7 Stocks to Sell Before the Magazine Cover Jinx Strikes Once More

7 Stocks to Sell Before the Magazine Cover Jinx Strikes Once More

On Wall Street, you need any edge you can get, especially when it comes to deciphering which stocks to sell (and when). Some may turn to advanced solutions such as high-frequency trading algorithms. Others turn to oddball ideas, such as deciphering magazine covers.

It’s not as irrational as it may initially sound. For example, sports fans know about the Madden video game cover curse. Basically, NFL stars that are celebrated on the cover of the popular gaming title encounter an injury or some other misfortune. Apparently, it’s the same situation on the Street.

Basically, some investors turn to magazine covers as contrarian indicators. If mainstream media outlets are bearish, that might be the time to buy. On the other hand, if they’re super bullish, watch out. We could be dealing with stocks to sell.

Look, I’m not going down the conspiratorial route. However, if you feel something just isn’t right – you know, the old Joseph Kennedy quote – then it might be time to reconsider the mainstream narrative. Here are possible ideas for stocks to sell.

Nvidia (NVDA)

Source: Ascannio / Shutterstock.com

Now, before you have the urge to send a nasty gram, you knew this was coming, right? I like Nvidia (NASDAQ:NVDA) just like everyone else. But at some point, you gotta figure that the company will eventually disappoint. Of course, it doesn’t seem that way because of artificial intelligence and all that sweet jazz. But come on – nothing goes up indefinitely.

Sure, NVDA stock is off to a screaming start this year, gaining over 82%. However, let’s also consider the earnings performances. In the fiscal first quarter of last year, Nvidia posted earnings per share of 98 cents, beating out the consensus target of 83 cents. In Q2, it posted $2.70, beating the consensus view of $2.09. I could keep going through Q4.

But consider the positive earnings surprise from Q2 onward: 29.2%, 19.3%, 11.4%. My estimation is that at some point, there will be a disappointment.

Plus, the multiples are wild. Forward earnings of 35.71X (some sources say 42.2X) and trailing-year sales of nearly 36X don’t help the cause. It may be one of the stocks to sell if this magazine cover curse proves accurate.

Super Micro Computer (SMCI)

In this photo illustration, the Super Micro Computer, Inc. (SMCI) logo seen displayed on a smartphone screen

Source: rafapress / Shutterstock.com

I’m not going to make many friends by even suggesting that Super Micro Computer (NASDAQ:SMCI) might be one of the stocks to sell. Hopefully, the context of the magazine cover curse will help mitigate some of the emotions surrounding SMCI. Anyways, its rise so far is perfectly explainable due to Super Micro’s specialty in high-performance server solutions. Basically, AI applications consume gargantuan bandwidth.

To be fair, the tech giant is putting up some impressive financial figures. In Q1 of last year, it did miss bottom-line estimates slightly. However, between Q2 through Q4, the average positive earnings surprise came out to 14.7%. That has played a significant role in pushing SMCI stock to a return of over 274% since the beginning of this year.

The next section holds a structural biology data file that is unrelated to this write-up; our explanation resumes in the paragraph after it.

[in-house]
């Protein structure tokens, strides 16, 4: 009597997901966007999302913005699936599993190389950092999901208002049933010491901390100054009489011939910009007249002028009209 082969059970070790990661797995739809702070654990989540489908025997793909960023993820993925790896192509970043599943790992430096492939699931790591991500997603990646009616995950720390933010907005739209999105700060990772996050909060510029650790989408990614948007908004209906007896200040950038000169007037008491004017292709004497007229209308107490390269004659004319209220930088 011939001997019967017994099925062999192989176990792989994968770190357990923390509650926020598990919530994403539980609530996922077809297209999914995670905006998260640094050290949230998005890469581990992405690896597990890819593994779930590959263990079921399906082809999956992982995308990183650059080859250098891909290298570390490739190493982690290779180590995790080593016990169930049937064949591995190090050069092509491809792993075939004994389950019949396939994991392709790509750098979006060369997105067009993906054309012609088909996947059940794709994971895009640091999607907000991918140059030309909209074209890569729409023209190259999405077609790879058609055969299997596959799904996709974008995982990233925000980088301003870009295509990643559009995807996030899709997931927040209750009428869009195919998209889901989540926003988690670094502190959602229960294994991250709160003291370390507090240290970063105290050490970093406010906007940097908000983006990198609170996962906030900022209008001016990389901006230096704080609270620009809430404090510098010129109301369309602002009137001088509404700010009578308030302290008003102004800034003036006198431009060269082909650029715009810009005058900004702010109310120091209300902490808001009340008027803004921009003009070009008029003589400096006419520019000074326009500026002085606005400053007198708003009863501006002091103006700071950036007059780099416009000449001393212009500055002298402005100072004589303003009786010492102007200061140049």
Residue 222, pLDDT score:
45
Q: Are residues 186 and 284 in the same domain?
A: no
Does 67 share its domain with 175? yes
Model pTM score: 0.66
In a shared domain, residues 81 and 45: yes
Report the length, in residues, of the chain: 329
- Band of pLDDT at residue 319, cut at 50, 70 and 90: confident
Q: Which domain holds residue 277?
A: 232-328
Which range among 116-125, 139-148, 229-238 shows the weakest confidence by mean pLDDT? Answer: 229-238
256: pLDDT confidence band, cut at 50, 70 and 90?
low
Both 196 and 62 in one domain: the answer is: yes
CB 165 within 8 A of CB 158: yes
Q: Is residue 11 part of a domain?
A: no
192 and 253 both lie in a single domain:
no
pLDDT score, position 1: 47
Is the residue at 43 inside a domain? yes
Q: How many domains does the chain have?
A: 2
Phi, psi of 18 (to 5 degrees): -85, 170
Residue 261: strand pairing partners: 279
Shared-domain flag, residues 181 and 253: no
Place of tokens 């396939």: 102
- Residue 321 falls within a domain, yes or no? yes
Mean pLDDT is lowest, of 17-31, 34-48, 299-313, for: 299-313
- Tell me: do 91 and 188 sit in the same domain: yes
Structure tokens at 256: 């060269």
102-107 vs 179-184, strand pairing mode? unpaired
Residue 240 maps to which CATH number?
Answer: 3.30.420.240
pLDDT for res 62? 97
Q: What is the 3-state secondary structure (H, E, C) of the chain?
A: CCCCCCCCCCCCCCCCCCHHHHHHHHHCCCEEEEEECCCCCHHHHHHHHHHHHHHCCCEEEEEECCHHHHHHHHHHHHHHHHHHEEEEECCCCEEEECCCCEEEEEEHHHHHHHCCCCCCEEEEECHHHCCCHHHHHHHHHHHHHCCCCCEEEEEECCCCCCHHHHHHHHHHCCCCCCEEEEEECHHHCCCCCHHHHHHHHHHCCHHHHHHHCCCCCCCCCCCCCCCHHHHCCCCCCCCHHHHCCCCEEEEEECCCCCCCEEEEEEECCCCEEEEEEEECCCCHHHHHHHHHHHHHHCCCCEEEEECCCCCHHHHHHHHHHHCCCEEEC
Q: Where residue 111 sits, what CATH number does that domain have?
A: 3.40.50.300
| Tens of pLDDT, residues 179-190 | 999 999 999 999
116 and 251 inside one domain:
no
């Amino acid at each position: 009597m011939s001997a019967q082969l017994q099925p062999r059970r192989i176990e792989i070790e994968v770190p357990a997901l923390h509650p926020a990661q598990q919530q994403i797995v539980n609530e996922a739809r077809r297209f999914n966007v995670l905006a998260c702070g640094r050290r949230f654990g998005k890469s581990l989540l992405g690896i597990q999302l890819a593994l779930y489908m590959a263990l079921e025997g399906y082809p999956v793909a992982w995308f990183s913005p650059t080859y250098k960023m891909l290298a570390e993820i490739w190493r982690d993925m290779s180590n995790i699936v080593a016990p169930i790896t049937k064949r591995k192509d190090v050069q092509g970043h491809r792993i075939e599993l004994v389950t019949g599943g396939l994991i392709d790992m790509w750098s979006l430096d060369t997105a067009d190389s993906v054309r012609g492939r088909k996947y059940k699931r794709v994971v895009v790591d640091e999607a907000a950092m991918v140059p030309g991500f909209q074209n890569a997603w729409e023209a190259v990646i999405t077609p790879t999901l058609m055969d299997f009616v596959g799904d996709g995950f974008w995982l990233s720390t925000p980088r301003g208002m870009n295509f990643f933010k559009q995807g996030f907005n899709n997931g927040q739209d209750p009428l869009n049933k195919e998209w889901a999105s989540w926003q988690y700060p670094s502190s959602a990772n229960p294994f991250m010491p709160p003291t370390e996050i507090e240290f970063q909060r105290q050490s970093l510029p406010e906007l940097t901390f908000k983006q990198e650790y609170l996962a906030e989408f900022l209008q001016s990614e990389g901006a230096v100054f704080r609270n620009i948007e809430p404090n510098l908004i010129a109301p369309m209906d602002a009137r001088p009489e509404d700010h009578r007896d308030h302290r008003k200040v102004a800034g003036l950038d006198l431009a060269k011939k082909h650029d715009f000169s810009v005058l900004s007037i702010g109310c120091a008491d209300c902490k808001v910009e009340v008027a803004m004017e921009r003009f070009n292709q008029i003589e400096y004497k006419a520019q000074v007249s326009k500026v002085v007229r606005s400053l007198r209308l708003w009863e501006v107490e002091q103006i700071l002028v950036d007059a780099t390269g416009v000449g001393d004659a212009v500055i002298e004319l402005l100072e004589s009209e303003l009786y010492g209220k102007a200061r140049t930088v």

Can it last, though? Analysts are looking for sales of $14.54 billion by the end of this fiscal year. That seems ambitious given that it’s 104.1% up from last year’s print of $7.12 billion. Also, last week, SMCI suffered a near 3% loss.

I’m not sure if that’s a warning sign or not. But if you’re superstitious, SMCI may be one of the stocks to sell.

Tesla (TSLA)

Tesla (TSLA stock) Motors store in Piazza Gae Aulenti square in Milan, Italy. TSLA stock

Source: Zigres / Shutterstock.com

Electric vehicle manufacturer Tesla (NASDAQ:TSLA) is a tricky case for stocks to sell because many people anticipate TSLA to perform poorly. Since the start of the year, the security suffered a loss of more than 34%. As it turns out, management may be regretting the sector price war bit. Yes, the move hurt the competition but it also negatively impacted TSLA stock.

Still, there is an argument to be made that the EV manufacturer has fallen so far that it may be worth loading the boat. It’s not an irrational idea. However, the bigger concern centers on the broader consumer economy. With households suffering years of high inflation and high borrowing costs, they’re spent (literally). I just don’t think adding an EV is part of the picture.

That’s why other analysts believe shares have further to fall. It’s hard not to lend credence to the bearish argument. After an earnings beat in Q2 of last year, Q3 and Q4 saw an average negative earnings surprise of 6.2%.

Experts do expect sales to hit $108.5 billion this fiscal year. Given the troubles in the ecosystem, that might be a stretch. We’ll see.

AudioEye (AEYE)

AudioEye logo on their website. AEYE stock.

Source: Pavel Kapysh / Shutterstock

Founded in 2005, AudioEye (NASDAQ:AEYE) provides patented, internet content publication, distribution software, and related services to internet and other media to people regardless of their network connection, device, location or disabilities. Further, its software and services enable conversion of digital content into accessible formats and allows for real time distribution to end users on any internet-connected device.